As the diaphragm pushes the air out of the gun, aerodynamic drag from the edge of the ring that makes the front of the gun and the still air outside of the gun causes the exhausted air to begin rotating as the red arrow at the top of the drawing shows. This creates the toroidal vortex. Because it's rotating, the velocity inside the vortex is greater than the velocity of the air outside it (Actually, the velocity of the air outside the vortex is zero because it's still). Bernoulli's law states that the faster a flow of air is moving the lower its pressure. Since the air inside the torus is moving and the air outside isn't, that means that the pressure inside the torus is lower than the outside. This inward pressure, as indicated by the three red arrows on the bottom of the drawing, is the force that holds the smoke ring together.
The really interesting thing about smoke rings is that they don't push their way through the air as you might expect. Take a second look at the rotational arrow at the top of the drawing. That's the direction the air in the vortex is moving: backwards on the outer surface of the ring. As this flow rubs against the still air that surrounds the torus, friction causes the torus to tractor itself forward. Imagine a chain saw with its blade pushed against the ground, it would tend to pull itself forward. Same idea.
What keeps the smoke ring moving and why does it eventually stop? The energy that is used to move it forward and keeps the vortex rotating is taken from the inertia of the rotating air in the vortex. Inertia is the tendency of anything in motion to keep moving. (Ignoring this principle is why there are multi-car pile-ups when people tailgate. The cars keep going in spite of the fact the brakes are slammed on.) Even though we can't see it, feel it, or taste it, air has weight and therefore once it's in motion it has inertia that'll tend to keep it in motion. The spinning of the air in the torus is where the energy that keeps the torus moving is stored. Eventually, air friction eats away all the energy stored in the vortex and the smoke ring drifts to a stop.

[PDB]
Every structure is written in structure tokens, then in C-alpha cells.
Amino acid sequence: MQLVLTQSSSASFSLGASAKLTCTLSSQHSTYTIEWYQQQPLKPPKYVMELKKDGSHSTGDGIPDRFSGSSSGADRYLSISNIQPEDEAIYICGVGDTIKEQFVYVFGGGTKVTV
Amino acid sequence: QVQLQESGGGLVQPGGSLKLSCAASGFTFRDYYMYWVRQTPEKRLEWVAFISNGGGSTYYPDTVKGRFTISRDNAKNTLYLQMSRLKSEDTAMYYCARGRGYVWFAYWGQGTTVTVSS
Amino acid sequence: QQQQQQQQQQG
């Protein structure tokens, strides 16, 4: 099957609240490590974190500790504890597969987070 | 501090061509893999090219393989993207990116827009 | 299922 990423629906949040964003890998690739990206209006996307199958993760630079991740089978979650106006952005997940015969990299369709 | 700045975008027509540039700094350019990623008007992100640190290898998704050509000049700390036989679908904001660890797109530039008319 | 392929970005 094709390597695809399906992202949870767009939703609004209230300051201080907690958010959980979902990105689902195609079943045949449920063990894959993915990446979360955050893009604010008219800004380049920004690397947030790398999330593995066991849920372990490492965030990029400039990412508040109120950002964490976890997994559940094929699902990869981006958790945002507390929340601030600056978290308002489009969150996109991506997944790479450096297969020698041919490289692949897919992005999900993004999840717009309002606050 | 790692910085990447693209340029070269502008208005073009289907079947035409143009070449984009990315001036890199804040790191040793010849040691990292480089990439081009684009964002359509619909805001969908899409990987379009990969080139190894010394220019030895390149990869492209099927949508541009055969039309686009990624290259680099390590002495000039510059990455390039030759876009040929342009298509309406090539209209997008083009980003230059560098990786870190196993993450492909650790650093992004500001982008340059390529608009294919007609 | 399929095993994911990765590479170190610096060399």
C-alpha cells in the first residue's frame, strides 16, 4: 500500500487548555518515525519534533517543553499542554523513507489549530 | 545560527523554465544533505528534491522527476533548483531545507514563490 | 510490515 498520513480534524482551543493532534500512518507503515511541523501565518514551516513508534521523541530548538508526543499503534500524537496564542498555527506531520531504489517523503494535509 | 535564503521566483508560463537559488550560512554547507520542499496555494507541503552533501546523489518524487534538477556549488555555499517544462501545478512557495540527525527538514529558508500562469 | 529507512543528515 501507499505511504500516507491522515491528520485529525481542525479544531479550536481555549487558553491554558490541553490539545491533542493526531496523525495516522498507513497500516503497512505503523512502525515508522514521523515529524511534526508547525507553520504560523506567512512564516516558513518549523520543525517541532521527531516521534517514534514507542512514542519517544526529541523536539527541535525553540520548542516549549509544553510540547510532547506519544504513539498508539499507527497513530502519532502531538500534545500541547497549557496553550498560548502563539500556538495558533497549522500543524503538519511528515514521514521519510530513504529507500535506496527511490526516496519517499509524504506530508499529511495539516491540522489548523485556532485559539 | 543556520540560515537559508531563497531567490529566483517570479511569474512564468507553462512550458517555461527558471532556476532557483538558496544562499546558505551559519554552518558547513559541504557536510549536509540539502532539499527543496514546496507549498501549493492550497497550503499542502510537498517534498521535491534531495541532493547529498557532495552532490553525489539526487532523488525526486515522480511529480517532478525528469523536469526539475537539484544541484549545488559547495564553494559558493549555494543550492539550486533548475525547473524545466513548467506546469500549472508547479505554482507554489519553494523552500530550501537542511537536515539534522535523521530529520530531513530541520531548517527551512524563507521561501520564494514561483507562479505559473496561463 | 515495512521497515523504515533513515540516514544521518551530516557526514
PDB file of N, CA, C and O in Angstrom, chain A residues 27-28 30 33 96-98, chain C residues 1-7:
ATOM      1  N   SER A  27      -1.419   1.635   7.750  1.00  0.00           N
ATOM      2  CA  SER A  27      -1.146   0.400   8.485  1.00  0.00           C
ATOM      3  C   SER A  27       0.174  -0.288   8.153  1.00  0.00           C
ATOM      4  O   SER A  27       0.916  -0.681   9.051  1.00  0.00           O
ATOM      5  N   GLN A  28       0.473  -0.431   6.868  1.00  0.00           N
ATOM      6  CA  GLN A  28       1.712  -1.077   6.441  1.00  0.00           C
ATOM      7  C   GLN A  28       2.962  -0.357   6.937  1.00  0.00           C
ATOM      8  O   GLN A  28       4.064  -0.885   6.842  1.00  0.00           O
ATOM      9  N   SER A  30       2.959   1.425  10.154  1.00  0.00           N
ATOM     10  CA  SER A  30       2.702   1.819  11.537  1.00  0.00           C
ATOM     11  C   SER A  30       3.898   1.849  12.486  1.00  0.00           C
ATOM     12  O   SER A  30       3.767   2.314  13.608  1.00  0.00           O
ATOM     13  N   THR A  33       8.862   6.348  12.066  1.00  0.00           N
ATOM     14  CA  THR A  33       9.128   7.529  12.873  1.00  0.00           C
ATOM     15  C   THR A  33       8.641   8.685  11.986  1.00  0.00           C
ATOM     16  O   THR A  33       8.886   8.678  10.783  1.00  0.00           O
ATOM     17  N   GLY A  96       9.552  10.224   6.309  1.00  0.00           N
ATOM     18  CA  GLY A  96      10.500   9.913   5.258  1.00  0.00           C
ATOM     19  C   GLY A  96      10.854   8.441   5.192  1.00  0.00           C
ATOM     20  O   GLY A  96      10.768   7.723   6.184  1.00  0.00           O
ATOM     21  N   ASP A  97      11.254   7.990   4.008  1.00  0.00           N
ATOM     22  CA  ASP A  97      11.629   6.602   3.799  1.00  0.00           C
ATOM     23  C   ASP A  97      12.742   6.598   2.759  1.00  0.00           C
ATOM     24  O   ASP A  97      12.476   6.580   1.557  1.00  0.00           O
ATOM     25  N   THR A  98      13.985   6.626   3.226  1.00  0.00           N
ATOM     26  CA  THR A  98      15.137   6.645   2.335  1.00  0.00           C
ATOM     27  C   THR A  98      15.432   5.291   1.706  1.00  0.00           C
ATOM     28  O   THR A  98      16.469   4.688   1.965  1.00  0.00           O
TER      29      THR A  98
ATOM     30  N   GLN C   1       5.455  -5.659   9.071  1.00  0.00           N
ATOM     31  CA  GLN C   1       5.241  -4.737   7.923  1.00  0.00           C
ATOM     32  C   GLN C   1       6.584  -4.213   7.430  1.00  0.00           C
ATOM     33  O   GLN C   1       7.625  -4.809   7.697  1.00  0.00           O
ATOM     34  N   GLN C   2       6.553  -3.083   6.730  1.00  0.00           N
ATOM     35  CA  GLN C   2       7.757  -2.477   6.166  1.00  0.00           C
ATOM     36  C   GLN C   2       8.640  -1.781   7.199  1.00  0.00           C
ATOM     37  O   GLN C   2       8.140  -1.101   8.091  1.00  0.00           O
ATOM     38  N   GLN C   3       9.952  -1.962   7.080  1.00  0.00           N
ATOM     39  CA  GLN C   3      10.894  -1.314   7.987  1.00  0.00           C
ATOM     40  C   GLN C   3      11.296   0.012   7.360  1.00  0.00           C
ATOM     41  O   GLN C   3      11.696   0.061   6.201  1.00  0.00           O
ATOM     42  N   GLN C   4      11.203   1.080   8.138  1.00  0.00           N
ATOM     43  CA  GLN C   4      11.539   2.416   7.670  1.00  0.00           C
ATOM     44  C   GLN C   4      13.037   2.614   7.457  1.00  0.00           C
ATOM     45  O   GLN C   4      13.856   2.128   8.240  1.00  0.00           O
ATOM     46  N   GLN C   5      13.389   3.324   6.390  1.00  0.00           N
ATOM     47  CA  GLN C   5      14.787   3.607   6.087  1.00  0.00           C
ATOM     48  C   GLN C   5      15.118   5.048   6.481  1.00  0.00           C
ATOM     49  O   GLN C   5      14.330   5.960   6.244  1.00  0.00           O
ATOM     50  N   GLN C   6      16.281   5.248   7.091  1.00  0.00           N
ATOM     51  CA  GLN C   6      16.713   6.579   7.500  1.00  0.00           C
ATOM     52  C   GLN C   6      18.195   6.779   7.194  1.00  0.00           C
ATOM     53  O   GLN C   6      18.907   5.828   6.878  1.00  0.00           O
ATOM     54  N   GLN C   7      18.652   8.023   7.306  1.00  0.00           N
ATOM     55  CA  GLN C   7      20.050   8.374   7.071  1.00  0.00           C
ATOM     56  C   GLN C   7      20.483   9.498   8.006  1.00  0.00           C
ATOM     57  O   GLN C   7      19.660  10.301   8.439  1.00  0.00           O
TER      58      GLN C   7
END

What is the smoke given off by the guns?
It isn't really smoke; it's a fog: a cloud of microscopic droplets so small that they float in the air.
To understand why the smoke (fog) from these guns (or larger fog machines for that matter) hangs in the air for a long time like smoke, we have to make some tea.
Imagine a teapot. Inside, as the water vaporizes it becomes water vapor (steam): individual free molecules of water. When the steam leaves the pot it mixes with the cool air outside it and the water vapor condenses into microscopic droplets. These tiny balls of water act like lenses, reflecting and refracting light so that they appear like a white cloud. Within a second or two, unless you are in an extremely humid location, the individual droplets of water evaporate and disappear.
That's the same way a fog generator works. It has a heating elements that vaporizes a liquid which then condenses into droplets we can see because they reflect light. The only difference between a fog generator and a teapot is the liquid used in them.